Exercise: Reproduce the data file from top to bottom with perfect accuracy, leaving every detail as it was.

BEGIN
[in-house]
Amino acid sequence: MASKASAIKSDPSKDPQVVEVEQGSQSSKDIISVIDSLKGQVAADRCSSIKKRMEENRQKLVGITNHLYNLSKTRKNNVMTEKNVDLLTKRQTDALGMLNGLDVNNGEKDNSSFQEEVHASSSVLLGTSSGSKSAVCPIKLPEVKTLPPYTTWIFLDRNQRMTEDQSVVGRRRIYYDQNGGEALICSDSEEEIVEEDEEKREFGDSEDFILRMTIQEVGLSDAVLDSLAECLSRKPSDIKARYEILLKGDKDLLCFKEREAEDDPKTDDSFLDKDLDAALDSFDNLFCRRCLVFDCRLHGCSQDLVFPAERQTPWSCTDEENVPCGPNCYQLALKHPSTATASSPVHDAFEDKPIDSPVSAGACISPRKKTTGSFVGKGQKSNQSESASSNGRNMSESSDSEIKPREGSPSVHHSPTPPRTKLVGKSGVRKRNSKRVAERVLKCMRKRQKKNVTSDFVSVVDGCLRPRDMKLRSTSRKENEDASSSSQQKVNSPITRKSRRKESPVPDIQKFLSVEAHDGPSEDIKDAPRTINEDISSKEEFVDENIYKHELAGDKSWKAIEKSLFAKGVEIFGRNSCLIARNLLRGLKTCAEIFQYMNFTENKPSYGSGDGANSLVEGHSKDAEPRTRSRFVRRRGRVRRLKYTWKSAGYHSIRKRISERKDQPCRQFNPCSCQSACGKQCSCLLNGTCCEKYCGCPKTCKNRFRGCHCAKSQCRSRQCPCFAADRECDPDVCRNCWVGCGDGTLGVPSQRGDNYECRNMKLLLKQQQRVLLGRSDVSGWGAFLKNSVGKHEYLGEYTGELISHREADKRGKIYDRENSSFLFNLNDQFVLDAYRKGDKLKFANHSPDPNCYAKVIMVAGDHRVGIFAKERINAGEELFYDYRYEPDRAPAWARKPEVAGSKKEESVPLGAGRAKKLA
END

[in-house]
Amino acid sequence: MASKASAIKSDPSKDPQVVEVEQGSQSSKDIISVIDSLKGQVAADRCSSIKKRMEENRQKLVGITNHLYNLSKTRKNNVMTEKNVDLLTKRQTDALGMLNGLDVNNGEKDNSSFQEEVHASSSVLLGTSSGSKSAVCPIKLPEVKTLPPYTTWIFLDRNQRMTEDQSVVGRRRIYYDQNGGEALICSDSEEEIVEEDEEKREFGDSEDFILRMTIQEVGLSDAVLDSLAECLSRKPSDIKARYEILLKGDKDLLCFKEREAEDDPKTDDSFLDKDLDAALDSFDNLFCRRCLVFDCRLHGCSQDLVFPAERQTPWSCTDEENVPCGPNCYQLALKHPSTATASSPVHDAFEDKPIDSPVSAGACISPRKKTTGSFVGKGQKSNQSESASSNGRNMSESSDSEIKPREGSPSVHHSPTPPRTKLVGKSGVRKRNSKRVAERVLKCMRKRQKKNVTSDFVSVVDGCLRPRDMKLRSTSRKENEDASSSSQQKVNSPITRKSRRKESPVPDIQKFLSVEAHDGPSEDIKDAPRTINEDISSKEEFVDENIYKHELAGDKSWKAIEKSLFAKGVEIFGRNSCLIARNLLRGLKTCAEIFQYMNFTENKPSYGSGDGANSLVEGHSKDAEPRTRSRFVRRRGRVRRLKYTWKSAGYHSIRKRISERKDQPCRQFNPCSCQSACGKQCSCLLNGTCCEKYCGCPKTCKNRFRGCHCAKSQCRSRQCPCFAADRECDPDVCRNCWVGCGDGTLGVPSQRGDNYECRNMKLLLKQQQRVLLGRSDVSGWGAFLKNSVGKHEYLGEYTGELISHREADKRGKIYDRENSSFLFNLNDQFVLDAYRKGDKLKFANHSPDPNCYAKVIMVAGDHRVGIFAKERINAGEELFYDYRYEPDRAPAWARKPEVAGSKKEESVPLGAGRAKKLA